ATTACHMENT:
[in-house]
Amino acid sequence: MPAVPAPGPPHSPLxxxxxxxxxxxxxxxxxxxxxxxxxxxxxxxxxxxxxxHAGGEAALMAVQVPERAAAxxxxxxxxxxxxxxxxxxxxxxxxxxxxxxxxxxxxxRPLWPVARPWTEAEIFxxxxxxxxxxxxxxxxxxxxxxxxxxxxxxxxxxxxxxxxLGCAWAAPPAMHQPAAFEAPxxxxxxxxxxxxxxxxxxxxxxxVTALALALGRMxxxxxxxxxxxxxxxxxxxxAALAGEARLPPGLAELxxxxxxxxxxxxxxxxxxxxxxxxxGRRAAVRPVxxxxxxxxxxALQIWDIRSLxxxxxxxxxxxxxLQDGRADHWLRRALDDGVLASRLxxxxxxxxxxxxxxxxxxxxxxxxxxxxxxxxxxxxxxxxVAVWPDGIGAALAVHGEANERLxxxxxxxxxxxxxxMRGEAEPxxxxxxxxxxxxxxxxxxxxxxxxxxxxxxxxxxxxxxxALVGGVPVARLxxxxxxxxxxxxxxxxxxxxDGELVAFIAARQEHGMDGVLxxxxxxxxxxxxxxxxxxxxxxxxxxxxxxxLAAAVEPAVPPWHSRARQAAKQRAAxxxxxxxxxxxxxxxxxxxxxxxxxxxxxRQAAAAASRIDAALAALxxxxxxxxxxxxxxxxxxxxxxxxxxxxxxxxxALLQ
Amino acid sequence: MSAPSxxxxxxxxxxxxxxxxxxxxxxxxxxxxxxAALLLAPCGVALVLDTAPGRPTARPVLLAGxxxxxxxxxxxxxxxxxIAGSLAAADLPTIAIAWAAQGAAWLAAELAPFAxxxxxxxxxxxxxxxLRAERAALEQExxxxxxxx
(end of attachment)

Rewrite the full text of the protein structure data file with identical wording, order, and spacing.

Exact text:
[in-house]
Amino acid sequence: MPAVPAPGPPHSPLxxxxxxxxxxxxxxxxxxxxxxxxxxxxxxxxxxxxxxHAGGEAALMAVQVPERAAAxxxxxxxxxxxxxxxxxxxxxxxxxxxxxxxxxxxxxRPLWPVARPWTEAEIFxxxxxxxxxxxxxxxxxxxxxxxxxxxxxxxxxxxxxxxxLGCAWAAPPAMHQPAAFEAPxxxxxxxxxxxxxxxxxxxxxxxVTALALALGRMxxxxxxxxxxxxxxxxxxxxAALAGEARLPPGLAELxxxxxxxxxxxxxxxxxxxxxxxxxGRRAAVRPVxxxxxxxxxxALQIWDIRSLxxxxxxxxxxxxxLQDGRADHWLRRALDDGVLASRLxxxxxxxxxxxxxxxxxxxxxxxxxxxxxxxxxxxxxxxxVAVWPDGIGAALAVHGEANERLxxxxxxxxxxxxxxMRGEAEPxxxxxxxxxxxxxxxxxxxxxxxxxxxxxxxxxxxxxxxALVGGVPVARLxxxxxxxxxxxxxxxxxxxxDGELVAFIAARQEHGMDGVLxxxxxxxxxxxxxxxxxxxxxxxxxxxxxxxLAAAVEPAVPPWHSRARQAAKQRAAxxxxxxxxxxxxxxxxxxxxxxxxxxxxxRQAAAAASRIDAALAALxxxxxxxxxxxxxxxxxxxxxxxxxxxxxxxxxALLQ
Amino acid sequence: MSAPSxxxxxxxxxxxxxxxxxxxxxxxxxxxxxxAALLLAPCGVALVLDTAPGRPTARPVLLAGxxxxxxxxxxxxxxxxxIAGSLAAADLPTIAIAWAAQGAAWLAAELAPFAxxxxxxxxxxxxxxxLRAERAALEQExxxxxxxx